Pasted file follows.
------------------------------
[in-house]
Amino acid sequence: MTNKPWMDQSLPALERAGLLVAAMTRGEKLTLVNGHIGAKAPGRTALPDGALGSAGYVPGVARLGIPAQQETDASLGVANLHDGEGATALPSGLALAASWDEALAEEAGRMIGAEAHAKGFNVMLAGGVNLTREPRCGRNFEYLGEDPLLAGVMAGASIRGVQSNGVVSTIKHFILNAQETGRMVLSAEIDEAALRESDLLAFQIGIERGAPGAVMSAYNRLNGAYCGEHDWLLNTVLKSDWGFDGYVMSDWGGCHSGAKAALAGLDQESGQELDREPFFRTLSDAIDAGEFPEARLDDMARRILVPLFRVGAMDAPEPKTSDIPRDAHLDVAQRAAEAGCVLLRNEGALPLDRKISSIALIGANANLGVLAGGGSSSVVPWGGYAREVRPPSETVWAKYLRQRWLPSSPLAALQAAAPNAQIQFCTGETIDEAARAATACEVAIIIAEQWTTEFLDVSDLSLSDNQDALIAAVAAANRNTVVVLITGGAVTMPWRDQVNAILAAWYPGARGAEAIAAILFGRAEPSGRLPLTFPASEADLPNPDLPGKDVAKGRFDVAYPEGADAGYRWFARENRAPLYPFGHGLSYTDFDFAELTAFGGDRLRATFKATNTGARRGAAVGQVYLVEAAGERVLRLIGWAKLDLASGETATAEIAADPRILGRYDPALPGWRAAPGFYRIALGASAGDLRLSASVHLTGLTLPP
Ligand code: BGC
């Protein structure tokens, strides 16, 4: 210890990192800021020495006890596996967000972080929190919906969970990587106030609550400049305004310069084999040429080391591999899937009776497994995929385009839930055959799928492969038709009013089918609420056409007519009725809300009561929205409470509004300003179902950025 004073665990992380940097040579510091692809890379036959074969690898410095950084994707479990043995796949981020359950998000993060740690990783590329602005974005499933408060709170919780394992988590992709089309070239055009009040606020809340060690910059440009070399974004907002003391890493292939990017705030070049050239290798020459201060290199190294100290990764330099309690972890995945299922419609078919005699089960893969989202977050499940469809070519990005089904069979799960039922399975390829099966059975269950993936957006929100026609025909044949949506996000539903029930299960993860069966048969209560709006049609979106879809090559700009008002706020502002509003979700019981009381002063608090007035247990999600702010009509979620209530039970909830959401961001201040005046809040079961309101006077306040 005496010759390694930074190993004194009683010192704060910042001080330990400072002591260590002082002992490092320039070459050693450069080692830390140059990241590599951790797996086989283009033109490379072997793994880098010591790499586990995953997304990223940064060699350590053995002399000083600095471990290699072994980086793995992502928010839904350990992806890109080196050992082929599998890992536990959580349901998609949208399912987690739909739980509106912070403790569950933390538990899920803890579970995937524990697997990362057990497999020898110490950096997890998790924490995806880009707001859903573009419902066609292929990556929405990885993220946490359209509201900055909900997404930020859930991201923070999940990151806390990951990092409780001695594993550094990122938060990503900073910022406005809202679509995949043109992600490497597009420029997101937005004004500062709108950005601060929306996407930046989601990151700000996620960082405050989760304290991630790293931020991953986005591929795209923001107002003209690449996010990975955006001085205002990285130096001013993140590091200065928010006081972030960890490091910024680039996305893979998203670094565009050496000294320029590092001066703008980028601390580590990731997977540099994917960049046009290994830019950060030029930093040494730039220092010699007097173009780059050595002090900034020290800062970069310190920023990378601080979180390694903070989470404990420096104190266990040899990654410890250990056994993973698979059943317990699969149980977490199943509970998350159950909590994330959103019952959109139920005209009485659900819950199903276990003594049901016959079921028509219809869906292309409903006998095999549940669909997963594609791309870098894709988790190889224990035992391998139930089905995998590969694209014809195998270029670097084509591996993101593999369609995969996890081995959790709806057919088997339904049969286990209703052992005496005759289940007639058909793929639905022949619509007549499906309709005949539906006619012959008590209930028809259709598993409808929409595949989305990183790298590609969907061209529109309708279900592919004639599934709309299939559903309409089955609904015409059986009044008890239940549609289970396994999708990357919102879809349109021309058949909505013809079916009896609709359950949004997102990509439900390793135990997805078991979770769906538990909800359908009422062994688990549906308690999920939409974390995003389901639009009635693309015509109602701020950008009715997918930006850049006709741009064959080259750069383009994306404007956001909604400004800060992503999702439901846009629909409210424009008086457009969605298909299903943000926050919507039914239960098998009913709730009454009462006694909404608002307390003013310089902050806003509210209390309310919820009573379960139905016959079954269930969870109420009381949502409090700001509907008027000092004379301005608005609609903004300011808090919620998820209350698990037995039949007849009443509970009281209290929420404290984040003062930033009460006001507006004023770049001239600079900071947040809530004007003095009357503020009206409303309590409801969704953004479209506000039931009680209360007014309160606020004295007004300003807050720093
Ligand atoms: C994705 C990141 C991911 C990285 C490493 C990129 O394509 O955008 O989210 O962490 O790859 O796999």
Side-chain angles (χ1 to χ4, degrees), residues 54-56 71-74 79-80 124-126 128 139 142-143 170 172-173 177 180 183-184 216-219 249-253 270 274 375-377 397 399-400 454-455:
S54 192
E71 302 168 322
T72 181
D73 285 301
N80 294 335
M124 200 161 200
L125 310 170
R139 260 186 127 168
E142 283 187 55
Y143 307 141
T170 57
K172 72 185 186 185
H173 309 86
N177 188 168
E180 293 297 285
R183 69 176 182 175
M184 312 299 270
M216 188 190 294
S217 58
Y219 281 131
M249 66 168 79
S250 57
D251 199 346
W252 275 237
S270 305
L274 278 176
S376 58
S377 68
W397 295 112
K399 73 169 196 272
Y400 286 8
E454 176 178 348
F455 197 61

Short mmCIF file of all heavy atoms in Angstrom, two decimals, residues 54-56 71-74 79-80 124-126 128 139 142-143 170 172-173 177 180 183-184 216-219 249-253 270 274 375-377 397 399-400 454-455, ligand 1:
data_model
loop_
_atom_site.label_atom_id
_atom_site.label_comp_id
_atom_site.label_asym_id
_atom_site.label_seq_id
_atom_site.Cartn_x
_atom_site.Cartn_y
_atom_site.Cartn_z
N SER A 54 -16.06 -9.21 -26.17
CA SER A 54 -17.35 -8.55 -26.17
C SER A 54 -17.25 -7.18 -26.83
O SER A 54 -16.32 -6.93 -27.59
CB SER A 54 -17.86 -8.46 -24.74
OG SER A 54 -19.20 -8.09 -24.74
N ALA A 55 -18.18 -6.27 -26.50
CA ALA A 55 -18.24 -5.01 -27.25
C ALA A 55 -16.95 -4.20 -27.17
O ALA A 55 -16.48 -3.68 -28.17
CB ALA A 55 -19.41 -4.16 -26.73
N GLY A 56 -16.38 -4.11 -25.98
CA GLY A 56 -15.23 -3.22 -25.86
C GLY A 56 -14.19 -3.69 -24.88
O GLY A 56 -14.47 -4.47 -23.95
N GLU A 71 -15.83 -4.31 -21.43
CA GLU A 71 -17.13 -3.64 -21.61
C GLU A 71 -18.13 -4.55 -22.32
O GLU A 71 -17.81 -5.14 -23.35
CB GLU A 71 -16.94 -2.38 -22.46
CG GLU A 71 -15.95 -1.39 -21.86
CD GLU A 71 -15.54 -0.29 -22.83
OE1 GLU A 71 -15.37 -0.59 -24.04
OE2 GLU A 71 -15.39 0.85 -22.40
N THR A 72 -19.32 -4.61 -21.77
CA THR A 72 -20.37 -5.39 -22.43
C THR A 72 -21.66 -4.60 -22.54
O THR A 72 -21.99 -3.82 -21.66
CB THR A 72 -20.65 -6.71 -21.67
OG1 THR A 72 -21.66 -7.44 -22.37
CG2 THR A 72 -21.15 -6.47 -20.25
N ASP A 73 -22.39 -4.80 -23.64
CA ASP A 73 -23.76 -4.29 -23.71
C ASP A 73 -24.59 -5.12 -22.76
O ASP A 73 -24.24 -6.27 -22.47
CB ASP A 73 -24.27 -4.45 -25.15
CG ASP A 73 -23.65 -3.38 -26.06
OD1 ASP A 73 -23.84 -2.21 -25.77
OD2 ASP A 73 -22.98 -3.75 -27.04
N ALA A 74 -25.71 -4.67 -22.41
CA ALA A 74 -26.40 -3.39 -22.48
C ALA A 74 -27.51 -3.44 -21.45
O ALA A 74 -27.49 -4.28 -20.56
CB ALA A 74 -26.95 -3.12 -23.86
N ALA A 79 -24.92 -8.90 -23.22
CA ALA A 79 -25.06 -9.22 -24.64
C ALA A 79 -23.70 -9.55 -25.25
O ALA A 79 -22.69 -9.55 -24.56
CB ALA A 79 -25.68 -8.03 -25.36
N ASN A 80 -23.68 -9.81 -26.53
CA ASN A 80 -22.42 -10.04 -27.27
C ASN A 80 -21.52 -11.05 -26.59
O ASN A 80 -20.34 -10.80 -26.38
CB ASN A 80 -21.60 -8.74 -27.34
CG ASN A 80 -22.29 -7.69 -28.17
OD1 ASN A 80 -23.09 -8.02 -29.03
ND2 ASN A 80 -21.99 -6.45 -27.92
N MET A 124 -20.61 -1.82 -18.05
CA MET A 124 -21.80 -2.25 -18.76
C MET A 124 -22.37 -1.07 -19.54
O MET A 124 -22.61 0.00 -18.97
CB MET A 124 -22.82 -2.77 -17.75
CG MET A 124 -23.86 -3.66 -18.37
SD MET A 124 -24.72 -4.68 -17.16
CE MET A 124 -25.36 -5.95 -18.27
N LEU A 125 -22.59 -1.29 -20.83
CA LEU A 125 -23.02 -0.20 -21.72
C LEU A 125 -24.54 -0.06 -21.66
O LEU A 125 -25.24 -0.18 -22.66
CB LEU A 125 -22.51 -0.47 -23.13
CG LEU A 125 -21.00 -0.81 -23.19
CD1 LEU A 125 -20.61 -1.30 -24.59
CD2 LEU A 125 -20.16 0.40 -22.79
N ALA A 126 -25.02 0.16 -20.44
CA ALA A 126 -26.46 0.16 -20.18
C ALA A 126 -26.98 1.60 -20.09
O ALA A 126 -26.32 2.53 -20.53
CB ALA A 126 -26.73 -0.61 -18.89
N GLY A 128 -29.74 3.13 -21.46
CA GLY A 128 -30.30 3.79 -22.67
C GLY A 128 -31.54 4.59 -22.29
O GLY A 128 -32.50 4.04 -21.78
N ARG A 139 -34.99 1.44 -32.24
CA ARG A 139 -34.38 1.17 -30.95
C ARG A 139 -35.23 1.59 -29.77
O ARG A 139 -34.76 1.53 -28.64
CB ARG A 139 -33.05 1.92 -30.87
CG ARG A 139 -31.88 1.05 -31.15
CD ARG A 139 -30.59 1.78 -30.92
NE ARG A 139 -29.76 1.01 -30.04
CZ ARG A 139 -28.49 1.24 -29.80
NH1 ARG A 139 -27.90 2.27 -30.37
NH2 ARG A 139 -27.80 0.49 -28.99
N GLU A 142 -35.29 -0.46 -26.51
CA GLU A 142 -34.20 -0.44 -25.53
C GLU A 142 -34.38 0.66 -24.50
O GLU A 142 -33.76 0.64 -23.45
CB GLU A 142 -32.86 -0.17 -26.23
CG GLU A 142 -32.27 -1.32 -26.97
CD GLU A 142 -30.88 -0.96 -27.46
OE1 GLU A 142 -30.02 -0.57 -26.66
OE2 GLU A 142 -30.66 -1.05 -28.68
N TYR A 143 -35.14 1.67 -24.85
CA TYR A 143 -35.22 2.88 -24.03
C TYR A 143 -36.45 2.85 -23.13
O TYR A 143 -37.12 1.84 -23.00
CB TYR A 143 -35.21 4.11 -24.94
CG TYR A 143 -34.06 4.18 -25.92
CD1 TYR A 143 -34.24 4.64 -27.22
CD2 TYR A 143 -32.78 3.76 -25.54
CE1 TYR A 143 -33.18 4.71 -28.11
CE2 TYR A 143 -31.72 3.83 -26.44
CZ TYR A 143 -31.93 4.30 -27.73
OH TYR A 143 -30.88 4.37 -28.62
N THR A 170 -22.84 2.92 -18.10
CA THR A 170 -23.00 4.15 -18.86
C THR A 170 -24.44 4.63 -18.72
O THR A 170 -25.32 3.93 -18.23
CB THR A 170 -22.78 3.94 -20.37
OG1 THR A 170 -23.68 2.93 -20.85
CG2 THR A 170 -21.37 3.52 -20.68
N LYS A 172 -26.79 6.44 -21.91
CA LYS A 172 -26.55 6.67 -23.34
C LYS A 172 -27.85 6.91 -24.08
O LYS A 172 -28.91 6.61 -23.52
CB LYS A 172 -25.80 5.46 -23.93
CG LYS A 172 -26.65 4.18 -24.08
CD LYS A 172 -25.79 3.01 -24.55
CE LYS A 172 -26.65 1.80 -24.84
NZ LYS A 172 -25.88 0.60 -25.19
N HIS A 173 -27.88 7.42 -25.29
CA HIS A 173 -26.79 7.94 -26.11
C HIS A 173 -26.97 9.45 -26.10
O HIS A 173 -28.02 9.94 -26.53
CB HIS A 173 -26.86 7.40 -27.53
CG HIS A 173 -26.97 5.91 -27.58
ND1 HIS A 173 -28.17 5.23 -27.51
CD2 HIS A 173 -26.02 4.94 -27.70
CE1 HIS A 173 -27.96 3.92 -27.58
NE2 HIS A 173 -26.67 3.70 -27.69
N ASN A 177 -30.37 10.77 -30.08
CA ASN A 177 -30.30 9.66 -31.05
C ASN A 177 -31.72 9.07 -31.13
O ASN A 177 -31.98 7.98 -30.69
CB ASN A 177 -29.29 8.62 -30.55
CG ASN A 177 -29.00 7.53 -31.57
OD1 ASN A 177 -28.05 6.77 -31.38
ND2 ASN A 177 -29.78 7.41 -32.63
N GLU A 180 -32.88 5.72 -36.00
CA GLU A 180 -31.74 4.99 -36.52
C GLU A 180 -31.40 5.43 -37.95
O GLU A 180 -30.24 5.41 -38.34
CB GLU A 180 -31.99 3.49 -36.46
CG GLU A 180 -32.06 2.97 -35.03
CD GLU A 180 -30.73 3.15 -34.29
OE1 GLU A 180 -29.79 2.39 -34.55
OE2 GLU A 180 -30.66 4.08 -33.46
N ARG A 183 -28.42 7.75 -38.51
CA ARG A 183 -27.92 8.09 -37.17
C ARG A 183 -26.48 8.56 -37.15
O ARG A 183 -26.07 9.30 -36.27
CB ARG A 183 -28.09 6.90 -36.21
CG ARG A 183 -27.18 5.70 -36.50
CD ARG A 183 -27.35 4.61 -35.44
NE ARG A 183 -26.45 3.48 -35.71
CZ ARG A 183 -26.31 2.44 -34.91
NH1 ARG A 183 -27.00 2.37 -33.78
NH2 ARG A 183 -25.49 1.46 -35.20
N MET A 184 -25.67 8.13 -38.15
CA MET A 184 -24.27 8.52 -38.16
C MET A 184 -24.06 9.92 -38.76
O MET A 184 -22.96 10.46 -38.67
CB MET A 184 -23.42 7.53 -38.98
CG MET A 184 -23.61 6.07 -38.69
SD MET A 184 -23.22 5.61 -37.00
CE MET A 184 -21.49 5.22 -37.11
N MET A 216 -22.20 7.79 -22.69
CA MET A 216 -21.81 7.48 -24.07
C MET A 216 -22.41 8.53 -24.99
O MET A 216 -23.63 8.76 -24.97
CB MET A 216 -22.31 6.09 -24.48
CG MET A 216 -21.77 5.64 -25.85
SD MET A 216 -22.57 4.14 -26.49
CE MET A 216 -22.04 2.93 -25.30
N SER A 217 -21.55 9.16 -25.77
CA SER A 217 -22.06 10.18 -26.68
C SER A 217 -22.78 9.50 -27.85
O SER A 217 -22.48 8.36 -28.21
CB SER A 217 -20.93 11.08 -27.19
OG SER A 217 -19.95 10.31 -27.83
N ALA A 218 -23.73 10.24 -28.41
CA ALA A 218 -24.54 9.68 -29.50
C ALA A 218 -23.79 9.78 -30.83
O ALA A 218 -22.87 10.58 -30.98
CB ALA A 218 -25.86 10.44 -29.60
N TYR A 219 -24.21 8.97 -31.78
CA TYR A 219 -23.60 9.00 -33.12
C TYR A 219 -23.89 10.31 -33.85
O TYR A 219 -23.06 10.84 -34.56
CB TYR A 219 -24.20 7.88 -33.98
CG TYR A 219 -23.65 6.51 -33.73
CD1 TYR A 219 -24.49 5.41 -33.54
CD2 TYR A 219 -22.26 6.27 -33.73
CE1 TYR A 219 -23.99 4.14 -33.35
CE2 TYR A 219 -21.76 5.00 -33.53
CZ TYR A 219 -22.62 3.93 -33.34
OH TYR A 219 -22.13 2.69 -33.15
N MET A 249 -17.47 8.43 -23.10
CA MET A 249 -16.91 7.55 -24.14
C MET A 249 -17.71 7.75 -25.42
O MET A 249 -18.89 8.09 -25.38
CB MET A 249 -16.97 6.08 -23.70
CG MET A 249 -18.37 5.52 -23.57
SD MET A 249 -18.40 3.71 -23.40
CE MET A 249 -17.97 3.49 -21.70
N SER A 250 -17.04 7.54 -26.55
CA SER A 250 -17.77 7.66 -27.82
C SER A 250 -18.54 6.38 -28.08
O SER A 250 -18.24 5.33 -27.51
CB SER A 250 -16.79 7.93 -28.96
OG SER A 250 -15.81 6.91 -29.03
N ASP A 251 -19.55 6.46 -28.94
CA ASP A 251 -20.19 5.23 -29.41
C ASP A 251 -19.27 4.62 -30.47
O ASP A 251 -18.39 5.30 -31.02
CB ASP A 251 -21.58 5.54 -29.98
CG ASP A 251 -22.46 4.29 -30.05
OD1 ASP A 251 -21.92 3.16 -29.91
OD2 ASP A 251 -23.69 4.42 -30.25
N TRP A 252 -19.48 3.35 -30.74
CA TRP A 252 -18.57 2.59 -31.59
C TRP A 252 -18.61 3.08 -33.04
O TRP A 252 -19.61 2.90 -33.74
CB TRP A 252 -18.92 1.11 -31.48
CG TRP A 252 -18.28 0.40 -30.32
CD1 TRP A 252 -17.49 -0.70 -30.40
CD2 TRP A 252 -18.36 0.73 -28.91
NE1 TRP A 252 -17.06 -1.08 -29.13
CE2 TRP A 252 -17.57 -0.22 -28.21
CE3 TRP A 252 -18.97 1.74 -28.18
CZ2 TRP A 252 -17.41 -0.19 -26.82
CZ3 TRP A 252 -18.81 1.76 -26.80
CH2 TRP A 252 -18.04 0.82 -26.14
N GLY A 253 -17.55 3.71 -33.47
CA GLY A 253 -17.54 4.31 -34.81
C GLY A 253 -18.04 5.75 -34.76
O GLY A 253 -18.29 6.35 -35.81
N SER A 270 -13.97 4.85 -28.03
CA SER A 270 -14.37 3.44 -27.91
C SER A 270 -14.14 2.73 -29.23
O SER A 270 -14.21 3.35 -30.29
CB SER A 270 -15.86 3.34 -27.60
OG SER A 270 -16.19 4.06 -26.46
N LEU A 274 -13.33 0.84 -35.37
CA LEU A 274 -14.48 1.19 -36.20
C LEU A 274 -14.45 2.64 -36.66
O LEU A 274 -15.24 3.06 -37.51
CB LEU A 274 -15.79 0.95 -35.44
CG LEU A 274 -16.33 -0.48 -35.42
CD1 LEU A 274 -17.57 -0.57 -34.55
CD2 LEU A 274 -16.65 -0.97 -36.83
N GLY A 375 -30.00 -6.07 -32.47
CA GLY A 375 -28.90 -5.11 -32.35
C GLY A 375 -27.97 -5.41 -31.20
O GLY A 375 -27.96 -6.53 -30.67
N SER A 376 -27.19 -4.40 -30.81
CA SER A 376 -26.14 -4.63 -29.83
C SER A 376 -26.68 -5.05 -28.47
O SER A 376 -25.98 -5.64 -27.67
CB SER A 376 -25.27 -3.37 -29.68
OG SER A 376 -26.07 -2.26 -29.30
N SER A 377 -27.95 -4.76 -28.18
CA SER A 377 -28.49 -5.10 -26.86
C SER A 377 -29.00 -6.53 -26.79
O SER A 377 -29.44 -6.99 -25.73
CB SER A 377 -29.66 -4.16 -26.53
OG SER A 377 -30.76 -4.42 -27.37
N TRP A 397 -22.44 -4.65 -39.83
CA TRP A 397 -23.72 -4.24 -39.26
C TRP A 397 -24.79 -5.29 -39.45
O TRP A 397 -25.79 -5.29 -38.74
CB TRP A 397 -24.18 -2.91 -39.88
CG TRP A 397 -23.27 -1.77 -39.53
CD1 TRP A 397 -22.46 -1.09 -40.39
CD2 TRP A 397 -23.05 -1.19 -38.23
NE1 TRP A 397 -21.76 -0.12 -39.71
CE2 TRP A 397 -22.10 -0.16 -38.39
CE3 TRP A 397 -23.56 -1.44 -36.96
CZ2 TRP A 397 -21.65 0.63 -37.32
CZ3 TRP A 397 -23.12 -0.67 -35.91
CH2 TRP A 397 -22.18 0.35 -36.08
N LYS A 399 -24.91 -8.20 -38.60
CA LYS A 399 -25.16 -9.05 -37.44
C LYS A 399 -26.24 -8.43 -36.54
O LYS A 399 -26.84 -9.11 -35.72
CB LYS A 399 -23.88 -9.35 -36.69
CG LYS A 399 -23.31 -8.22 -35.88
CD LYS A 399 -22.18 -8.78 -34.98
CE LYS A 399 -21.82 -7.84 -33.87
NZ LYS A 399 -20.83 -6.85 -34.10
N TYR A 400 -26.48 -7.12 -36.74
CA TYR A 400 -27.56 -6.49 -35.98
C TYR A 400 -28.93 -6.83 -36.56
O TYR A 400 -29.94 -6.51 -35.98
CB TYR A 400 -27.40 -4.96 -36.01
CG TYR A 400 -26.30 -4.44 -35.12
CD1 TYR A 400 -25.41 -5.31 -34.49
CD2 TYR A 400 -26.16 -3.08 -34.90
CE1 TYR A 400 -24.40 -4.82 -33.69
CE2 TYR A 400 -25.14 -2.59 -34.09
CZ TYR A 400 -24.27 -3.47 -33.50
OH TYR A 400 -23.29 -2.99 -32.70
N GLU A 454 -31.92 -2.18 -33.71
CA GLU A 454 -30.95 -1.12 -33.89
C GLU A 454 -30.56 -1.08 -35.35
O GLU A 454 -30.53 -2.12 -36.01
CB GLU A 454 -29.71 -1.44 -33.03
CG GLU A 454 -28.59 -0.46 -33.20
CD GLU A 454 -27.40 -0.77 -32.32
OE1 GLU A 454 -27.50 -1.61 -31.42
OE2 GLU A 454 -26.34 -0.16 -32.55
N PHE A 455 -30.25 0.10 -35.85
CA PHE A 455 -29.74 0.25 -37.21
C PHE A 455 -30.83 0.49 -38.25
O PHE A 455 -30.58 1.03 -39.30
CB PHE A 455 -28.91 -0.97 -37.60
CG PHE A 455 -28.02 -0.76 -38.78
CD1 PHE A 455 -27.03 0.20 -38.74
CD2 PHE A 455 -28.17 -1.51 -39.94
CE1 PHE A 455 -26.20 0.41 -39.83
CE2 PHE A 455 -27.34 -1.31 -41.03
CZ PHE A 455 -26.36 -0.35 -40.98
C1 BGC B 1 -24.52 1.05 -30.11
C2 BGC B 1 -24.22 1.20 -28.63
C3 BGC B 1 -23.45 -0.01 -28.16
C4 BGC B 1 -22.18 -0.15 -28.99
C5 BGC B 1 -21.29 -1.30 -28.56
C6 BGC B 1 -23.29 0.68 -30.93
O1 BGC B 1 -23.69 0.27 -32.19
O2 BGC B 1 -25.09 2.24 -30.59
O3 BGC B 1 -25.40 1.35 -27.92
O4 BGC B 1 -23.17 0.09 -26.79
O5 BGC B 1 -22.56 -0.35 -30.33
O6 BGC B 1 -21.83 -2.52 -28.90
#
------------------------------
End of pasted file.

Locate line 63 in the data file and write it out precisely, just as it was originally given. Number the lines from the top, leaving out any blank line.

C GLY A 56 -14.19 -3.69 -24.88